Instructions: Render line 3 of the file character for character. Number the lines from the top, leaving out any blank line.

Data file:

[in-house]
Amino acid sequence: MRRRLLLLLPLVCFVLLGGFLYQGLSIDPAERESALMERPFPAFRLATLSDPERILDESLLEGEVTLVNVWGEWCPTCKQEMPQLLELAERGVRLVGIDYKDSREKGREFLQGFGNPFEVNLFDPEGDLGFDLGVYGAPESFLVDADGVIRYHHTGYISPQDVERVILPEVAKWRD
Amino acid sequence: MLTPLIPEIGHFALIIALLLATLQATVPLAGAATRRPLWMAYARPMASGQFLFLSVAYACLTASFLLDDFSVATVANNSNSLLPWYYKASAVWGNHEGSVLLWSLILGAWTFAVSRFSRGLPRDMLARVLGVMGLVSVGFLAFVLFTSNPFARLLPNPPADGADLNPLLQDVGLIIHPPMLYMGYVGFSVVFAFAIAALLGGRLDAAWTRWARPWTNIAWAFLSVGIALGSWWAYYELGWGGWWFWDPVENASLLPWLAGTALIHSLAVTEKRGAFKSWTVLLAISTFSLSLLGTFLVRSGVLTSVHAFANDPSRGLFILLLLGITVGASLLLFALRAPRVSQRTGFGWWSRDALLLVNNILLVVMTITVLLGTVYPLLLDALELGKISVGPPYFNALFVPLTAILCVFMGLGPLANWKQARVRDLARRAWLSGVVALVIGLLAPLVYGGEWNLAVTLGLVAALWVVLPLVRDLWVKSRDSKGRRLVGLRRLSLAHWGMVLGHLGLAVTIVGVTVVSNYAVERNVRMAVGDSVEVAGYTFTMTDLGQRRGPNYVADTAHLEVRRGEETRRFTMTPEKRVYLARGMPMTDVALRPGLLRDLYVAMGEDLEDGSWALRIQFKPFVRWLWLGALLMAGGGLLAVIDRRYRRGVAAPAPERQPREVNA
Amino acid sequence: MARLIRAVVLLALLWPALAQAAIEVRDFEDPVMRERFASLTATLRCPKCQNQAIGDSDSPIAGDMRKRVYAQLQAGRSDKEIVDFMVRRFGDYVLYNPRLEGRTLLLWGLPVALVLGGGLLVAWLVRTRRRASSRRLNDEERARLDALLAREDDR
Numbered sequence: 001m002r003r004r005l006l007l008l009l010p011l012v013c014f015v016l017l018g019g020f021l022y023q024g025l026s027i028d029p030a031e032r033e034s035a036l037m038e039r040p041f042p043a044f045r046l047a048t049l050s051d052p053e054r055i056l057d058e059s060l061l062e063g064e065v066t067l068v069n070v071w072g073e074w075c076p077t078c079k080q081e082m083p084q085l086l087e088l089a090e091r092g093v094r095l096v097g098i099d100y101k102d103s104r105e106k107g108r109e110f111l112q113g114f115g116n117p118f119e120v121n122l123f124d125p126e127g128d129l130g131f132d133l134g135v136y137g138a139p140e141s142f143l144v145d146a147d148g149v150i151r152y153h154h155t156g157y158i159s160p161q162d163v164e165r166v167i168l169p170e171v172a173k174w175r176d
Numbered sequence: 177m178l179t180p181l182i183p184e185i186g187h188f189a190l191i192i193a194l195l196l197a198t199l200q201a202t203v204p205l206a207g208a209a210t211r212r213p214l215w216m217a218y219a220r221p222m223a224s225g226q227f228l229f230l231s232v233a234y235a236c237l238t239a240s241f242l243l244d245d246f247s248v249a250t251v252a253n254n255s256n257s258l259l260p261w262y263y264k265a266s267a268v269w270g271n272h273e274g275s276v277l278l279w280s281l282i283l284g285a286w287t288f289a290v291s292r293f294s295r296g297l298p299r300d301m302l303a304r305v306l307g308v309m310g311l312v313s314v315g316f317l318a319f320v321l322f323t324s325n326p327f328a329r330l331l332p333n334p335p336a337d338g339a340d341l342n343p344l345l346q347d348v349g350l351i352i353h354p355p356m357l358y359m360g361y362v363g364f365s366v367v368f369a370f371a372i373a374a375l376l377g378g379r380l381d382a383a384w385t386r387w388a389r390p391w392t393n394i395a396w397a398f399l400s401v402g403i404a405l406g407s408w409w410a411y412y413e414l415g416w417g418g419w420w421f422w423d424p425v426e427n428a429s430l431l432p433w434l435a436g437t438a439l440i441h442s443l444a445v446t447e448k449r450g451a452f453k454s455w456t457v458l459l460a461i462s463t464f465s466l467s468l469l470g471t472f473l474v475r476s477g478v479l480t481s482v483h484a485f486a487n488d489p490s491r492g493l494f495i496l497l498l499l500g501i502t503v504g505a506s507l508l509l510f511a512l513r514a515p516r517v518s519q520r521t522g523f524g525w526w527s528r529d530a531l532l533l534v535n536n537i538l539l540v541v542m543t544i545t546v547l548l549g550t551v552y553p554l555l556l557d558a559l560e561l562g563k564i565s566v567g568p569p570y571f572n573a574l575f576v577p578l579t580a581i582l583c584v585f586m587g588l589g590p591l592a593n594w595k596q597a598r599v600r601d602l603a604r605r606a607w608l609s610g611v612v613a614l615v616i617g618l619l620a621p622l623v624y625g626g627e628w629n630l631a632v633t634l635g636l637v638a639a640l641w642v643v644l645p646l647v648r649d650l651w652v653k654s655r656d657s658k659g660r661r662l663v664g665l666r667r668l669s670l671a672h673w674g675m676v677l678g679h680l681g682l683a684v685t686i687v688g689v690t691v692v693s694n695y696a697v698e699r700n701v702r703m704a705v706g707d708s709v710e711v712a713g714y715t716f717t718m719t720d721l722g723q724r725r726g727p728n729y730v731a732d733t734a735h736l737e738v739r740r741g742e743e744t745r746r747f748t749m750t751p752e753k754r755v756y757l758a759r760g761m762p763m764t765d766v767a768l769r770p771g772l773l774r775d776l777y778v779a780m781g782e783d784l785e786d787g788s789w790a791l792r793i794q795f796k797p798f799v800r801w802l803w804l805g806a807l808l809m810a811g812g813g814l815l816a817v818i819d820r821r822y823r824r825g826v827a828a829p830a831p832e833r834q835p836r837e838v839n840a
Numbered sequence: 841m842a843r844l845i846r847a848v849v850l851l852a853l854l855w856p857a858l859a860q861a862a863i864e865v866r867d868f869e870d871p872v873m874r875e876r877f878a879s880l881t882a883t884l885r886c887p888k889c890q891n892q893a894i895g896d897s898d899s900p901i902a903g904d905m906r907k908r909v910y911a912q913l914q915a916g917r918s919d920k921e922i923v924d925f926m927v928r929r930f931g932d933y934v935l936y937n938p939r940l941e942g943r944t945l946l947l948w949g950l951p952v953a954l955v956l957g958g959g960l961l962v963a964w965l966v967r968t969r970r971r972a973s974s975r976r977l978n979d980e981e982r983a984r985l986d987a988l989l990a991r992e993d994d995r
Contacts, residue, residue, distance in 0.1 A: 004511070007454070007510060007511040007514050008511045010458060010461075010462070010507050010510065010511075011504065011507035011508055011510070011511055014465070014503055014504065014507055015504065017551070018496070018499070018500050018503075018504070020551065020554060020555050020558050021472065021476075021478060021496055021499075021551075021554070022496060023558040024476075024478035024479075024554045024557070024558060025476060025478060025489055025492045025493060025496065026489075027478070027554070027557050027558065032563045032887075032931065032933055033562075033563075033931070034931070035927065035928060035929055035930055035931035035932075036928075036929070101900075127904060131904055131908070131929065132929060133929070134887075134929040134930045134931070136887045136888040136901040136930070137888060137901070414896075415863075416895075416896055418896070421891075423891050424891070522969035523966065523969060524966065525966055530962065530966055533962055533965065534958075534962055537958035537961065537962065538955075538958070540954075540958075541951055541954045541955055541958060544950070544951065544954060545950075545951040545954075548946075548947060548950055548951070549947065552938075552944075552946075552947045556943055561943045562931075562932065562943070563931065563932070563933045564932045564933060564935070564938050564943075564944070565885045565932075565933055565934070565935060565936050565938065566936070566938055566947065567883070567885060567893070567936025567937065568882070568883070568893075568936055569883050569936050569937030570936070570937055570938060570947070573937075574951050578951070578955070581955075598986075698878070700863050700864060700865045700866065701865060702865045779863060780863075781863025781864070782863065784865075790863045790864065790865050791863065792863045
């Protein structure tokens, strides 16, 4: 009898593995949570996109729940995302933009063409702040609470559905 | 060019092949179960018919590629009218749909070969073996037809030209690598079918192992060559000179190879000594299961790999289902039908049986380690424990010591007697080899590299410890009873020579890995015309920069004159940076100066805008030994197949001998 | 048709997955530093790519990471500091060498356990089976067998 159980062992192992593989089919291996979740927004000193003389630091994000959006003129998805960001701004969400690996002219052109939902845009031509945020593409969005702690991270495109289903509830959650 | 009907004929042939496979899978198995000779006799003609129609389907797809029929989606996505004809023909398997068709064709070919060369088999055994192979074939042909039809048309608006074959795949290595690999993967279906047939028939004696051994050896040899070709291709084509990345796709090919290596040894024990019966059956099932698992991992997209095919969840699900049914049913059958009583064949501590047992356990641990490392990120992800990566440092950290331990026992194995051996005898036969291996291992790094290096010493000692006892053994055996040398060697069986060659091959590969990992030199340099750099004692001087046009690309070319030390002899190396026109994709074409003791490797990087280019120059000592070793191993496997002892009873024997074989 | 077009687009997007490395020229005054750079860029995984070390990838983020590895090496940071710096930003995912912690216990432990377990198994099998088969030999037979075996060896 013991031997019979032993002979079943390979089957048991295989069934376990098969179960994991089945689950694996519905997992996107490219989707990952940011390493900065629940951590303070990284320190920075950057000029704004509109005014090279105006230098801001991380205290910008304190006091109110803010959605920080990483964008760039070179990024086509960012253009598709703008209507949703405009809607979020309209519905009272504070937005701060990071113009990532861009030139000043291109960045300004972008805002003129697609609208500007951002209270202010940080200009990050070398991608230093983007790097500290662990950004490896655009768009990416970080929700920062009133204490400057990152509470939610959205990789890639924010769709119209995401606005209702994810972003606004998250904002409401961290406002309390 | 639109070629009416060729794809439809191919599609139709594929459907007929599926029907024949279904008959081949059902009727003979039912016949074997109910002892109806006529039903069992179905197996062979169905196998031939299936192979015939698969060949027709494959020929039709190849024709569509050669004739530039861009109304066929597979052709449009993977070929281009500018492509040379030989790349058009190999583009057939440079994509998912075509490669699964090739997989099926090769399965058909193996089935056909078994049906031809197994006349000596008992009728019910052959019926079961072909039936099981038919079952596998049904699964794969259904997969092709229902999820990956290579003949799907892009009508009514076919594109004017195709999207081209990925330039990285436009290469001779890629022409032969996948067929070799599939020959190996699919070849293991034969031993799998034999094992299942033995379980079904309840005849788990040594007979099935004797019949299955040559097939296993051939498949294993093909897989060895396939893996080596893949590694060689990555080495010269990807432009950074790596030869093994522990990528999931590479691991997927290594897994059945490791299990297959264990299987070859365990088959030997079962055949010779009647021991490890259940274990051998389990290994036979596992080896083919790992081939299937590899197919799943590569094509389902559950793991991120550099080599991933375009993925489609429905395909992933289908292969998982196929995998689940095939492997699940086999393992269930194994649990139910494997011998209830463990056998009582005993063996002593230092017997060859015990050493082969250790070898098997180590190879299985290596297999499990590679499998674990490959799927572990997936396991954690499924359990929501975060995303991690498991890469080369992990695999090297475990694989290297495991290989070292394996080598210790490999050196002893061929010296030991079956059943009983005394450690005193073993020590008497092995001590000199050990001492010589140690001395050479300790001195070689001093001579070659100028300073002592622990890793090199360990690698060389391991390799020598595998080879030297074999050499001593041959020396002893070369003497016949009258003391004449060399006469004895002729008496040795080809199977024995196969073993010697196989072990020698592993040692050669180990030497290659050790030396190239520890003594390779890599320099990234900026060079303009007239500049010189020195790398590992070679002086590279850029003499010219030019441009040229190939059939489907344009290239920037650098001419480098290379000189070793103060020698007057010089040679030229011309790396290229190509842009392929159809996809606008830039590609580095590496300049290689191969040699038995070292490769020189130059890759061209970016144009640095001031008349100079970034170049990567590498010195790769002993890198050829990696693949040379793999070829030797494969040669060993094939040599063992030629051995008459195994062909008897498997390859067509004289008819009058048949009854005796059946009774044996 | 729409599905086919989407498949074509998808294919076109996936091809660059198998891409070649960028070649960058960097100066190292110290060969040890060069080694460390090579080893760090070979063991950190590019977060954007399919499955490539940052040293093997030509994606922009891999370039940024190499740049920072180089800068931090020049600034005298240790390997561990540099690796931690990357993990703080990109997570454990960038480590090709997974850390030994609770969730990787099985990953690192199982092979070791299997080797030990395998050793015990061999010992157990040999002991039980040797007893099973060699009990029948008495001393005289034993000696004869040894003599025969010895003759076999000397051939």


Amino acid sequence: MLTPLIPEIGHFALIIALLLATLQATVPLAGAATRRPLWMAYARPMASGQFLFLSVAYACLTASFLLDDFSVATVANNSNSLLPWYYKASAVWGNHEGSVLLWSLILGAWTFAVSRFSRGLPRDMLARVLGVMGLVSVGFLAFVLFTSNPFARLLPNPPADGADLNPLLQDVGLIIHPPMLYMGYVGFSVVFAFAIAALLGGRLDAAWTRWARPWTNIAWAFLSVGIALGSWWAYYELGWGGWWFWDPVENASLLPWLAGTALIHSLAVTEKRGAFKSWTVLLAISTFSLSLLGTFLVRSGVLTSVHAFANDPSRGLFILLLLGITVGASLLLFALRAPRVSQRTGFGWWSRDALLLVNNILLVVMTITVLLGTVYPLLLDALELGKISVGPPYFNALFVPLTAILCVFMGLGPLANWKQARVRDLARRAWLSGVVALVIGLLAPLVYGGEWNLAVTLGLVAALWVVLPLVRDLWVKSRDSKGRRLVGLRRLSLAHWGMVLGHLGLAVTIVGVTVVSNYAVERNVRMAVGDSVEVAGYTFTMTDLGQRRGPNYVADTAHLEVRRGEETRRFTMTPEKRVYLARGMPMTDVALRPGLLRDLYVAMGEDLEDGSWALRIQFKPFVRWLWLGALLMAGGGLLAVIDRRYRRGVAAPAPERQPREVNA